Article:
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DAILY COURIER TAKES "CHEAP SHOT" AT JO-CO COMMISSIONERS

 

 

 

By Investigative Reporter
John Taft

October 4, 2005

NewsWithViews.com

Reporter Shaun Hall Sheriff's Mouthpiece

Grants Pass, OR. -- When a reporter is opinionated and has an agenda, that bias has a tendency to leak all over his articles and soil his reputation. Reporter Shaun Hall wrote an article for the Daily Courier titled, “Sheriff loses supervisor, dog partner to pay cuts uncertainty.”[1] In his article Hall exploits the ongoing feud between the county commissioners and the sheriff, allowing Sheriff Daniel and Sgt. Stephen Clarke to pound on the Josephine County commissioners whose hands are tied behind their backs. This is commonly known as a rigged fight with a predetermined outcome. The sheriff has Hall’s ear, and his recent articles in the Courier are soft on the sheriff and tough on the commissioners in order to affect public opinion. For example: The sheriff is allowed to say that benefits cuts were brought on by the commissioners. Clarke blames the commissioners for his leaving. The commissioners are allowed no rebuttal outside of a few lines at the end of the article. Hall’s story is simplistic, inaccurate, and certainly biased as this article will demonstrate.

Commissioners Doing a Good Job

Tough times are ahead for Josephine County if O&C funds (money paid several Oregon counties in lieu of timber receipts) are not approved by congress for the coming years. This year the county received $16 million. Commissioners Raffenburg, Ellis, and Riddle, are doing what it takes to blunt the possible financial impact the removal of these funds will have on the county, they deserve full public support. Raffenburg and Ellis were elected in 2004 and took office in Jan. 2005. Their decisions on financial matters during the past few months have shown that the voters made the right decision by electing them. They have rolled up their sleeves and taken on the establishment, including the money demanding unions and the nebulous group called the “Good-old-boys.”

For example: Recently the commissioners slapped the hands of two county employees by turning down an anti-property ordinance at an open public meeting. This ordinance was proposed, written, and supported by the county’s Legal Counsel Steve Rich and the Treasurer/Tax Collector John Harelson. Both Harelson and Rich appear to have an anti-property mentality. Harelson is known to favor taxing districts and additional property taxes. You know the commissioners are doing their job when the public  employees, county managers, and the sheriff begin howling at their doorstep.

Clark Plays Ball

Stephen Clarke, a dog handler and a 24-year deputy, (who obviously knows how to play ball) is leaving for a job with the Brookings City Police Department. Brookings is a small town on the Oregon coast not noted for paying big city salaries. This is the kind of job those looking to retire take so they can go fishing and boating on weekends. It isn’t the kind of town a guy goes to that wants to make big bucks in law enforcement and have gobs of benefits. I’ve been told that Clarke’s wife’s family lives in the area where he is moving.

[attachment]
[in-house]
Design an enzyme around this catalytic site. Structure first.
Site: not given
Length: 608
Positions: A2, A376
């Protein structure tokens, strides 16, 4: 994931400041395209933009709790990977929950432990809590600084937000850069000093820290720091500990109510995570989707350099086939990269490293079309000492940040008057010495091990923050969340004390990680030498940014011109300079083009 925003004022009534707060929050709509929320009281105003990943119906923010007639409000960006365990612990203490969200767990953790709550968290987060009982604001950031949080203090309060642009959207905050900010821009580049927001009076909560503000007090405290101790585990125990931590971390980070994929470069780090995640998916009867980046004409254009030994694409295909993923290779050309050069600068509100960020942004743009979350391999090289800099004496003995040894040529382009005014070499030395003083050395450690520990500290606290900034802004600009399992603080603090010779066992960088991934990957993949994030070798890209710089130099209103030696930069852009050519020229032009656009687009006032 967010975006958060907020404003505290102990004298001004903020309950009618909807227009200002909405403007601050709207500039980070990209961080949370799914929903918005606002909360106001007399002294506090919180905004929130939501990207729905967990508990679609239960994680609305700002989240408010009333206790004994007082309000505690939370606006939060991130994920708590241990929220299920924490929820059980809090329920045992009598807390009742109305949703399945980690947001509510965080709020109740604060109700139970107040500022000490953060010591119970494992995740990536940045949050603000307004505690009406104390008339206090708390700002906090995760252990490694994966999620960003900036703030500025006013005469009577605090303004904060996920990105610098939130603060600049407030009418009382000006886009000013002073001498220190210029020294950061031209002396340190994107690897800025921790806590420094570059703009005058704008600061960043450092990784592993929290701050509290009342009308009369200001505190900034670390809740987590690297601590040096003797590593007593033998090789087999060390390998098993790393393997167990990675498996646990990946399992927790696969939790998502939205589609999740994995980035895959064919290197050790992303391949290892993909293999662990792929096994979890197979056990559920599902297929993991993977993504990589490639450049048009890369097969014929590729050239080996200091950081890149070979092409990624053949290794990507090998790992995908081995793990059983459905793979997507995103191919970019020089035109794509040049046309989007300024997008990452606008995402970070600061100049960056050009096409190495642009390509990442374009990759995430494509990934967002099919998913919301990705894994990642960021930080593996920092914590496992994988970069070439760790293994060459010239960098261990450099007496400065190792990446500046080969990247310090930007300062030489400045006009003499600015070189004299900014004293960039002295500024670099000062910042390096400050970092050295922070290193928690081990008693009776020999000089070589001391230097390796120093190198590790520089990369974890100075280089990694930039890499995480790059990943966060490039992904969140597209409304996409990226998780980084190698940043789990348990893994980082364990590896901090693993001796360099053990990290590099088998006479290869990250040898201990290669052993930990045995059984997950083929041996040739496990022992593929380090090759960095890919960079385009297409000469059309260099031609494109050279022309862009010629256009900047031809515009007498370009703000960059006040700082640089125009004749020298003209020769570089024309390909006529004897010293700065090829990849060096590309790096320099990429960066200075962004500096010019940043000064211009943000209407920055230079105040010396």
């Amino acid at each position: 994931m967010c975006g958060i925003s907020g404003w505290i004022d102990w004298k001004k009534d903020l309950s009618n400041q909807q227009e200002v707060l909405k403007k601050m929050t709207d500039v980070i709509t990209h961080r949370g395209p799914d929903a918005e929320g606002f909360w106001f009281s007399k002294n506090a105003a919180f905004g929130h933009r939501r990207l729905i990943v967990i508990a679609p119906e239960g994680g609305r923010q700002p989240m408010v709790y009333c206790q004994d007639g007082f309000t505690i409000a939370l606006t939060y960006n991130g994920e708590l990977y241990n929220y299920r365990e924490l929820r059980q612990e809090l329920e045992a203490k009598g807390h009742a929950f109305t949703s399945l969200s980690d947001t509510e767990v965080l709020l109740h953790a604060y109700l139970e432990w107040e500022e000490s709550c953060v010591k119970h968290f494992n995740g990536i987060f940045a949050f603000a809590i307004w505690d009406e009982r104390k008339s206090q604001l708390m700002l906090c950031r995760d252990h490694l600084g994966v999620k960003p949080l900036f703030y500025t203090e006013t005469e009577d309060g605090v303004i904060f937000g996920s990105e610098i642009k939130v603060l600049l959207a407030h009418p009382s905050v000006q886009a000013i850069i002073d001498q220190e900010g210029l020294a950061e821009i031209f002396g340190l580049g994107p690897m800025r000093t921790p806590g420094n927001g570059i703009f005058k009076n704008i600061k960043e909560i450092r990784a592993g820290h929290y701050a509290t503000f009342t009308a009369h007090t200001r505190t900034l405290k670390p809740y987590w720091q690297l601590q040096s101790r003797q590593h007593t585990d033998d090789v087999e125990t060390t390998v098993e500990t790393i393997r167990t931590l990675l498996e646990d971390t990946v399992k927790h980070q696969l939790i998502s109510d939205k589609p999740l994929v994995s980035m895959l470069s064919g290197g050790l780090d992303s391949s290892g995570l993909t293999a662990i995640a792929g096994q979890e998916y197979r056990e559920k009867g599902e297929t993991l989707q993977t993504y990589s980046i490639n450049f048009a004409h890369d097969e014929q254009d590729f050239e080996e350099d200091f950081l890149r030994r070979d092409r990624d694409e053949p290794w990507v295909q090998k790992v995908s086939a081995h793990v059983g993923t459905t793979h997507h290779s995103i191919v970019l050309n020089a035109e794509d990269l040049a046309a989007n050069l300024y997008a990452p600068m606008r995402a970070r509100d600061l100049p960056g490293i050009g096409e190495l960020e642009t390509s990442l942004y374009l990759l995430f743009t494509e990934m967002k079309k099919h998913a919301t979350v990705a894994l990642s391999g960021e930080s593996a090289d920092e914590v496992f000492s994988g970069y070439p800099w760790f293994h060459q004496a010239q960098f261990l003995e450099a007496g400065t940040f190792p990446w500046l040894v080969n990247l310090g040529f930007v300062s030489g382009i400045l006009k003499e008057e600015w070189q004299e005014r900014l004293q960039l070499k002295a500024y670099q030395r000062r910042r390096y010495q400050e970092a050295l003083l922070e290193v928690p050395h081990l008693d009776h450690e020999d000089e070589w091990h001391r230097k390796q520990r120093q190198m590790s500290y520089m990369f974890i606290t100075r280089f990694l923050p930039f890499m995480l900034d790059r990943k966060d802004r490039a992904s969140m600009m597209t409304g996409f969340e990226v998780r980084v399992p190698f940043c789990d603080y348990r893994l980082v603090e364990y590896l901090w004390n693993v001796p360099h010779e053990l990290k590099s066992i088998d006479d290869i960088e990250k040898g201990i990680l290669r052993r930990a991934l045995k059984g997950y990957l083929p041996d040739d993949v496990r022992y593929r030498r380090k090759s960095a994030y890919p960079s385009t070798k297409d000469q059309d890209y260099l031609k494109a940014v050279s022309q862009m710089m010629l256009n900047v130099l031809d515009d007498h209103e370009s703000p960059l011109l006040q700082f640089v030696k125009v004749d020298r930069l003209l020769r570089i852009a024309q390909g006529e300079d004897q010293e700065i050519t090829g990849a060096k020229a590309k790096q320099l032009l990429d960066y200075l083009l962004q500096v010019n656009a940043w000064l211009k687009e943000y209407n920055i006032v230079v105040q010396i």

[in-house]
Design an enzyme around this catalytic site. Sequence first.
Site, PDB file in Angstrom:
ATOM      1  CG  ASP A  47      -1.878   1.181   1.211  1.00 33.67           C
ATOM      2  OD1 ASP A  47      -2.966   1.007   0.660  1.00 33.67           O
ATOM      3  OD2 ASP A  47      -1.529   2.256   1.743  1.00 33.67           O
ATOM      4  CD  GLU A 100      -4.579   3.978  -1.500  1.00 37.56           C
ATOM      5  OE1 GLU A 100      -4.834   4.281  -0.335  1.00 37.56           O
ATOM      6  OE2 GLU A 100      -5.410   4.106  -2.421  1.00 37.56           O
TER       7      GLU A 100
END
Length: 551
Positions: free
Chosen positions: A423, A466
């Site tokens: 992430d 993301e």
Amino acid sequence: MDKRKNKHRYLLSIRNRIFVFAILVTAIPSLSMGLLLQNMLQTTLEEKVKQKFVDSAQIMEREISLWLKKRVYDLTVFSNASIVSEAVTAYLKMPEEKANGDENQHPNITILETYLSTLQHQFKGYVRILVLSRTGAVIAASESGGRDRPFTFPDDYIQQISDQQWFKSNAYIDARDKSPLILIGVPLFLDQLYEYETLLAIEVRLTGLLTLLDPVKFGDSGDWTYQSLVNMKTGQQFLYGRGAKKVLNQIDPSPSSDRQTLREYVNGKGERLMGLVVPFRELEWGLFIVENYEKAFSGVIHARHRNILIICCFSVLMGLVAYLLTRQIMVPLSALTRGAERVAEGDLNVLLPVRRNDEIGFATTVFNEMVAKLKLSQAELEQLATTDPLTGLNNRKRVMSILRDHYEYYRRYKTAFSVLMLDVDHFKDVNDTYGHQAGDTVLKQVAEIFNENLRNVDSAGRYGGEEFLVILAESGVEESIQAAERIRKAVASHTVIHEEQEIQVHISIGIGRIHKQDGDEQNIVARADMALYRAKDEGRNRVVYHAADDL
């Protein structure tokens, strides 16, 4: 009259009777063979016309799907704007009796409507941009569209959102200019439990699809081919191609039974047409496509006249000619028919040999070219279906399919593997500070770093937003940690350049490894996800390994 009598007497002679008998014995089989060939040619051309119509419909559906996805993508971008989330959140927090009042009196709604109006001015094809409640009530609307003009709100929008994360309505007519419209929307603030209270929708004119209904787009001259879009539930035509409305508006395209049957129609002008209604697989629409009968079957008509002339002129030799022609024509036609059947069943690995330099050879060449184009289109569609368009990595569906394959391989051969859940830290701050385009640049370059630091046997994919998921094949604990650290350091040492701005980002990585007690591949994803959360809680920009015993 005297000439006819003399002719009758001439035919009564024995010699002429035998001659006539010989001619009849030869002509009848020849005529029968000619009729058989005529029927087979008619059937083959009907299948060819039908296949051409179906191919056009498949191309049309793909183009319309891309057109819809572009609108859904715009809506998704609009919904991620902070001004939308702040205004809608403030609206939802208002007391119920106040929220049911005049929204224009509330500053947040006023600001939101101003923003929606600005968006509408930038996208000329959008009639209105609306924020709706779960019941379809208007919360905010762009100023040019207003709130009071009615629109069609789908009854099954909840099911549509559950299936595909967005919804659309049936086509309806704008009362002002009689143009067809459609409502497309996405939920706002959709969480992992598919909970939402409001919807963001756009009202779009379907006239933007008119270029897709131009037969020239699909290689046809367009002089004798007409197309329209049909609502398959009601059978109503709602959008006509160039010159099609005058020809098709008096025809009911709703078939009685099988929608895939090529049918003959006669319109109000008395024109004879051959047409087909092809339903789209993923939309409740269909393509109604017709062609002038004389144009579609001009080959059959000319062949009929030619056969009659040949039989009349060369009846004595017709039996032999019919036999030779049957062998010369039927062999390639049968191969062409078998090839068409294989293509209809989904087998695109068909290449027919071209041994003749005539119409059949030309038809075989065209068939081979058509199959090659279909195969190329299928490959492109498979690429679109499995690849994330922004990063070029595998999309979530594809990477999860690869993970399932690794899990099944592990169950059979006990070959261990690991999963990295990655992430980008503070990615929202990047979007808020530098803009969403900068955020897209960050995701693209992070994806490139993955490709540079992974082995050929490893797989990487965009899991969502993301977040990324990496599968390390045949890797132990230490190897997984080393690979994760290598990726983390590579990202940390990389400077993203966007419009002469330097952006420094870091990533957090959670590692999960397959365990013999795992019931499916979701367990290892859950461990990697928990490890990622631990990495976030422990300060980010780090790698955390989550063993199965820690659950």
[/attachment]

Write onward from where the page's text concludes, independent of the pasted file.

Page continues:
Clarke claims the following as his reason for leaving, “This resignation is solely based on the ongoing practices from the Josephine County commissioners and I regret that because of them, I feel it is time to move on.” [1]It appears that Sgt. Stephen Clarke is more self-serving than public serving. Clarke is obviously looking after Clarke and using the Josephine County commissioners as a punching bag to support Daniel with this parting smack.

Daniel twanged off key on the same sour note, “The Board of County Commissioners single-handedly demoralized the majority of employees in county government.”[1]. Daniels, Clarke, and Shaun Hall fail to realize the county commissioners didn’t create the O&C dilemma. This problem has been brewing in the teapot for a long time and now it’s serving time. Nobody wants to drink this stuff, and it has to be dealt with. Blaming the present commissioners isn’t going to work!

Can a Deputy be Truthful and Loyal to the Sheriff?

Daniel mentioned in the Courier article that a couple of deputies were going to work for the Grants Pass City Police Department at $1,000 a month more than their present salaries. This leaves one wondering why Sgt. Clarke didn’t go to work for the posh Grants Pass City Police Department. Maybe Sgt. Clarke couldn’t qualify? The fact is, many of the sheriff’s office employees can’t qualify for the city police department job openings. To get on the city police force you’ve got to be good. The qualifications for the city police are higher than for the sheriff’s office.

Daniel gushed over Clarke saying, “I can say a lot of nice things about him. He’s one good officer, highly qualified. …” [1]Interestingly, Daniel said similar things about Shawn Valdez [2]who allegedly backed into a neighbor’s home with his vehicle and told a city police officer that a friend did it.